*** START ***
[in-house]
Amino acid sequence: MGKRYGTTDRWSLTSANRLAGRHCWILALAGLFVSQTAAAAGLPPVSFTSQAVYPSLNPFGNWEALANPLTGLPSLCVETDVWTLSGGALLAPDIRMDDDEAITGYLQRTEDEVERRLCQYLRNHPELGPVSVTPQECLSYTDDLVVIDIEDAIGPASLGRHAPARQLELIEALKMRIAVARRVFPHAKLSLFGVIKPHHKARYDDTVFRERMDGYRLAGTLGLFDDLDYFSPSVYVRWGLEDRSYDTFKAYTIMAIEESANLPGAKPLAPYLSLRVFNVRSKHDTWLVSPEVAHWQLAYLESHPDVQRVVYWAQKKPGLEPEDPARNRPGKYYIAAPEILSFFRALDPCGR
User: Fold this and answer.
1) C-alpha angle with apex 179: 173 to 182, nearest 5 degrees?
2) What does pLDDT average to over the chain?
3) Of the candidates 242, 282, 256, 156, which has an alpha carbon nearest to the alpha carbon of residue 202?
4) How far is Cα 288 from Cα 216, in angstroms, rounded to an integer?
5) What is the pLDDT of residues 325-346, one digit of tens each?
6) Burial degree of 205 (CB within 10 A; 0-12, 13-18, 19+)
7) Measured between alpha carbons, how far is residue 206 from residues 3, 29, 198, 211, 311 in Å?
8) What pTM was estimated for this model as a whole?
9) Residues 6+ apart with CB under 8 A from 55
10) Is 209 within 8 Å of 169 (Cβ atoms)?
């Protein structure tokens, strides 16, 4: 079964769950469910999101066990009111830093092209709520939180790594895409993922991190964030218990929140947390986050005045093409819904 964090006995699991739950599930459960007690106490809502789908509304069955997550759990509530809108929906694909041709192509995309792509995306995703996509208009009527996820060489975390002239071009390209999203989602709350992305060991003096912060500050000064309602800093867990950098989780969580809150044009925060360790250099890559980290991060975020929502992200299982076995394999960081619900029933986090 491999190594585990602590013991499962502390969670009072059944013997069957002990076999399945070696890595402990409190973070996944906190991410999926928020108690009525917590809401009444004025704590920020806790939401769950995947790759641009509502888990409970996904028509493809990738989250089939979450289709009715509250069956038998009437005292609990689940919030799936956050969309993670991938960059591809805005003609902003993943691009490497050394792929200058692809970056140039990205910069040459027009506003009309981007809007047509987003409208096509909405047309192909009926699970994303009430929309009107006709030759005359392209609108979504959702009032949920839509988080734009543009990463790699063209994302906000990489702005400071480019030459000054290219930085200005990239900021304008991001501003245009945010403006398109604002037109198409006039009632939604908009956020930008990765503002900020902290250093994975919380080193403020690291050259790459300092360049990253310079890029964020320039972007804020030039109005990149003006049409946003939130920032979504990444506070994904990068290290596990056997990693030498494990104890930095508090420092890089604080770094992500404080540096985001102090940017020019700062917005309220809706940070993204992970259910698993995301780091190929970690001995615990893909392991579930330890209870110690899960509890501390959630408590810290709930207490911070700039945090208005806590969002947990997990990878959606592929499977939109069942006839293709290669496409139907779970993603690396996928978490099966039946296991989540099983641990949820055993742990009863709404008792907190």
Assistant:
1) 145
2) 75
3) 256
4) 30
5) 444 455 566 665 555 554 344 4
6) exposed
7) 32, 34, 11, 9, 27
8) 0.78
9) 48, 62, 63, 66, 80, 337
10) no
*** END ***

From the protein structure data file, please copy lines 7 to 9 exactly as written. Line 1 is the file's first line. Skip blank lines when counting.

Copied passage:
4) How far is Cα 288 from Cα 216, in angstroms, rounded to an integer?
5) What is the pLDDT of residues 325-346, one digit of tens each?
6) Burial degree of 205 (CB within 10 A; 0-12, 13-18, 19+)